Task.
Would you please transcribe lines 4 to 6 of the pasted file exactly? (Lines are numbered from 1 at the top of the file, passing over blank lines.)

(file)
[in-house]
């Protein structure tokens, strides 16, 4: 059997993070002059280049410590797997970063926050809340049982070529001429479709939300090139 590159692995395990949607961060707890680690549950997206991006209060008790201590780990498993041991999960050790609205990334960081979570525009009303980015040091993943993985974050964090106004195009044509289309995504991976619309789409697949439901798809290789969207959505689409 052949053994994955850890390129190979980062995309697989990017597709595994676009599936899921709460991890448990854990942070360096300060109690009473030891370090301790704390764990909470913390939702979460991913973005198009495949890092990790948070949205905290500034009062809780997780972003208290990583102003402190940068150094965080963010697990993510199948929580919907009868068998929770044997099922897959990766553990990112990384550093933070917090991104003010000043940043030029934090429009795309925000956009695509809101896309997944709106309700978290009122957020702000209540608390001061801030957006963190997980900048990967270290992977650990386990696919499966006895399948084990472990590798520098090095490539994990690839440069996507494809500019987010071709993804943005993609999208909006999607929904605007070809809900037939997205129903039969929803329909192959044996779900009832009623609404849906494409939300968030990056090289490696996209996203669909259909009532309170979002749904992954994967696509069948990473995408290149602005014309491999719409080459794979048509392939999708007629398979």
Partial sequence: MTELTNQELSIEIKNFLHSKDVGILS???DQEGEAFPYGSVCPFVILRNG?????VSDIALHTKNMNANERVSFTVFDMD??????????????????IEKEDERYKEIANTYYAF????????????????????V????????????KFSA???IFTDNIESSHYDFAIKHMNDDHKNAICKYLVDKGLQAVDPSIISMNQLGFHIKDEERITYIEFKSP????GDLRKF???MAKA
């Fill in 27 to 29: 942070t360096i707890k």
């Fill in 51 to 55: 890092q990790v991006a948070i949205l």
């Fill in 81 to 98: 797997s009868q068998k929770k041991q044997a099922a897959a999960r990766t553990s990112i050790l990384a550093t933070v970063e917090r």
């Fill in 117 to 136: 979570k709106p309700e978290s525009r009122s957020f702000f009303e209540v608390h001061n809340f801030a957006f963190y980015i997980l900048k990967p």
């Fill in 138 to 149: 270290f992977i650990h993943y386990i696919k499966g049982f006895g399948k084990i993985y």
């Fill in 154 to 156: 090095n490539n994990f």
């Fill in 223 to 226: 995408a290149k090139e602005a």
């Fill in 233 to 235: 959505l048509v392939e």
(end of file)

């Fill in 27 to 29: 942070t360096i707890k």
């Fill in 51 to 55: 890092q990790v991006a948070i949205l």
């Fill in 81 to 98: 797997s009868q068998k929770k041991q044997a099922a897959a999960r990766t553990s990112i050790l990384a550093t933070v970063e917090r």